Thursday, July 31, 2008

Peter ToRot - Amen

In the Papal visit of 1995, ToRot was beatified, the first step towards being declared a saint. The exhumation of his bones , rosary beads and belt so the Pope could bless the casket in Port Moresby, (the volcanic eruption in 1994 put an end to his visit to the area), caused quite a controversy .....

....but he nows lies in peace in the church.

Hopefully - Air N.G. willing - I will be home tomorrow!!

Tuesday, July 29, 2008

Peter ToRot - part II

More on Peter ToRot and his Bascilica at Rakunai

The Japanese decided to forbid Christian worship and all types of religious gatherings, public and private. Subsequently, the repression became more violent. Peter was arrested in April or May 1945. He was held in a concentration camp which had been set up in a cave. A prison mate said: "He was often visited in prison by his aged mother and his wife, who brought him food every day. At one of their last visits, To Rot said to his mother: the police have told me that the Japanese doctor will be coming to give me some medicine. I suspect that this is a trick. I am really not ill at all and I cannot think what all this means".

Despite the precautions of the Japanese, Arap To Binabak, a prisoner, could see the brightly lit room where Peter had been summoned after the doctor arrived. The doctor gave Peter an injection, then something to drink and finally stuffed his ears and nose with cotton wool.

Then the doctor and two police officers made him lie down. Peter was stricken with convulsions. The "doctor" covered his mouth and kept it closed. The convulsions continued for a time, while the doctor held him still. Peter fell into unconsciousness and after a long while drew his last breath. The same eye witness gently spread the terrible news of Peter's death to his companions. Several prisoners, taking advantage of the night-time absence of the Japanese, wanted to see his body. Thus they verified his horrible death.

This information came from this internet site.

Sunday, July 27, 2008

Stained glass

I am in Port Moresby this week, but have scheduled a series a posts with the story of Peter ToRot, and some photos from his Memorial Basilica at Rakunai.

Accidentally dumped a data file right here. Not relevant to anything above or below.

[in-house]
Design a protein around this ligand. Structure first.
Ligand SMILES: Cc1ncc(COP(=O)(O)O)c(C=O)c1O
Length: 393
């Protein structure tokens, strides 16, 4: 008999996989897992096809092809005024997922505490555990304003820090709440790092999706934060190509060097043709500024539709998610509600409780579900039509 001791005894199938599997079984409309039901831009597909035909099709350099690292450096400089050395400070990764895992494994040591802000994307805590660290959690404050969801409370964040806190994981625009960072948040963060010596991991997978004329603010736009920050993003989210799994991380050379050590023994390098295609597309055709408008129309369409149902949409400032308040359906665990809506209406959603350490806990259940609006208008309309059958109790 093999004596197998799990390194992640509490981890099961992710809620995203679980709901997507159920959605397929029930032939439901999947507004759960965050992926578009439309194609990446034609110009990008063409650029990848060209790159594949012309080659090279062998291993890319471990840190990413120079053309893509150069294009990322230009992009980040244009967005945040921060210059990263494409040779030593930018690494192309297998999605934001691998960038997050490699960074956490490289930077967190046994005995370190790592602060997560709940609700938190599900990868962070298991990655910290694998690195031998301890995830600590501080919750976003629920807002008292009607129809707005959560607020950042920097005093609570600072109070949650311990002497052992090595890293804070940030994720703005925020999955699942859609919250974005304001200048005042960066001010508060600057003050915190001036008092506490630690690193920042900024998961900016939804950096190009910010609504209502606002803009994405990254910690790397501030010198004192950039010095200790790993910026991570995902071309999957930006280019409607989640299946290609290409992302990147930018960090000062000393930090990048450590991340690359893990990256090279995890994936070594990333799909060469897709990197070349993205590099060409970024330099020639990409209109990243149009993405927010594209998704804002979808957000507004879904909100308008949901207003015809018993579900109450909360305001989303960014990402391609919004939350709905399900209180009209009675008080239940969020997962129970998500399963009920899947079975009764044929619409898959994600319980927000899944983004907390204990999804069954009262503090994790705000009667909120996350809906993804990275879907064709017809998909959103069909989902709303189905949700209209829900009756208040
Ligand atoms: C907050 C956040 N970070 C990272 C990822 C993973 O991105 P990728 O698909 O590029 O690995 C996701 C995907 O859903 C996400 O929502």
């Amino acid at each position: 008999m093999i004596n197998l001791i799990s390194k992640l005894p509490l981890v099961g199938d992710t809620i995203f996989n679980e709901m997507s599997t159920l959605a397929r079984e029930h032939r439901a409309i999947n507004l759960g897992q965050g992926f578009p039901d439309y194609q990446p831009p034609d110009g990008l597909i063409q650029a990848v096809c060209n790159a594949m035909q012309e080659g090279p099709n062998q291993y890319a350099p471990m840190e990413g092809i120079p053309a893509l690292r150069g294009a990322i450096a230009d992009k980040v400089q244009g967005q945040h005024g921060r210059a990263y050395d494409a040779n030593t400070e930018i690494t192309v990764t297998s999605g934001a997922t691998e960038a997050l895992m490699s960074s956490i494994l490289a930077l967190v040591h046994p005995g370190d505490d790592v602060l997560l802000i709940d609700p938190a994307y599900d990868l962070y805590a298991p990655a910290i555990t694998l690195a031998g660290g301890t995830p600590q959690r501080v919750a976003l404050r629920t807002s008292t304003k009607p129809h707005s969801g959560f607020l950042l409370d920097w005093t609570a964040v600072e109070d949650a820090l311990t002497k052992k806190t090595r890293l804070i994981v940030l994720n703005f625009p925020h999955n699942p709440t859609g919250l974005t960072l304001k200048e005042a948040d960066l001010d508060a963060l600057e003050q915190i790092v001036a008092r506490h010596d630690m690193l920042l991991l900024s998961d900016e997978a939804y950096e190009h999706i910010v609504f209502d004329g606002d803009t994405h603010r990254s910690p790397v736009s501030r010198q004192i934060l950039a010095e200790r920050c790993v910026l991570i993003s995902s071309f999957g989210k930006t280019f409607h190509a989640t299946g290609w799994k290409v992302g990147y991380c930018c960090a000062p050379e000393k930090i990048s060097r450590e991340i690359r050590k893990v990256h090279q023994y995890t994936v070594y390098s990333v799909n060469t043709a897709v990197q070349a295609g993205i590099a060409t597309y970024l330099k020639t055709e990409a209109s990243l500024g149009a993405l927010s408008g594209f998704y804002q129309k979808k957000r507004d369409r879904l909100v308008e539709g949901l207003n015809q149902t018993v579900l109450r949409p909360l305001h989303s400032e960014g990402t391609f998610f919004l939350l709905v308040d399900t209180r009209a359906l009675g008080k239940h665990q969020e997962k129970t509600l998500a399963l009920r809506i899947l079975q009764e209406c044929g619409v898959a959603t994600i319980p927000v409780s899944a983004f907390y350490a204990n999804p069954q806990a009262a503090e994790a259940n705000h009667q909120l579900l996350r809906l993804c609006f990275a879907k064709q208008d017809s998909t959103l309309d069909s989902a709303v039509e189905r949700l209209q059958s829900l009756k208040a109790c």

Some of the lovely stained-glass in the Church.

Peter ToRot was born in Rakunai in 1912. In 1930, at the age of 18, he enrolled at St Paul's Mission School for training catechists and in 1933 obtained his diploma. When he had completed his studies, Peter was assigned to the mission in his own village, and so began his work.

The decisive turning point in Peter To Rot's life and mission occurred in 1942. After the Japanese occupation, all the missionaries and mission staff were imprisoned in a concentration camp. So Peter remained alone. During the war he was the only spiritual guide for Catholics in the Rakunai district. With his constant presence, he provided prayer services, catechetical instruction, the administration of Baptism, the preservation and distribution of the Eucharist to the sick and the dying, and assistance to the poor. On the outskirts of Rakunai, he built a church for the Catholic community from branches, the only material available. The main church had been destroyed by the Japanese.

At the start of the Japanese occupation, he was on good terms with the military authorities. This sort of friendly relationship with the inhabitants ceased in 1942 after the Japanese suffered some military reverses. At that point the military police replaced the local authorities, creating an atmosphere of repression.

This information came from this Internet site.

Friday, July 25, 2008

Heavenly Sky Watch

This is the steeple on Peter To Rot's Memorial Church on the Burma Road, at Rakunai.

Catholic catechist To Rot was killed by the Japanese during WWII - more of him and his church next week.

For more heavenly posts go to the new Sky Watch blog here.

Wednesday, July 23, 2008

Volcano scenes

This industrious girl was selling beads at the volcano. She saw our car and ran almost a kilometre through the ash to be the first; the other children arrived as we were leaving. Her smile tells it all.

These bamboo poles bleached by the hot winds and ash from the volcano, look like a lonely sculpture.


My good mate Susie has started a blog Rabaul Historical Society. It is a beauty and will be of special interest to the many ex-Rabaulites who visit me here. Take a look!!!


Holiday here today - thank goodness!! Was able to have a sleep-in and will spend a quiet day unpacking my suitcase - which is still on the floor untouched!! Although I have to go to Morseby next week so maybe I should just leave it there.

Monday, July 21, 2008

Holiday is over!!!

What in the world could this man be taking a photo of that is more interesting than what is happening behind him???


Am back in the land of smoking volcanoes and unreliable planes. Yes I did get stuck in Port Moresby and after a 2 a.m. start this morning, I arrived home an hour before I had to be at work - groan!!! As usual I need a week to recover from my holiday.

Thanks for all your visits while I was away. I will pop in and say hi as soon as I can - which means after I get a good night's sleep!!!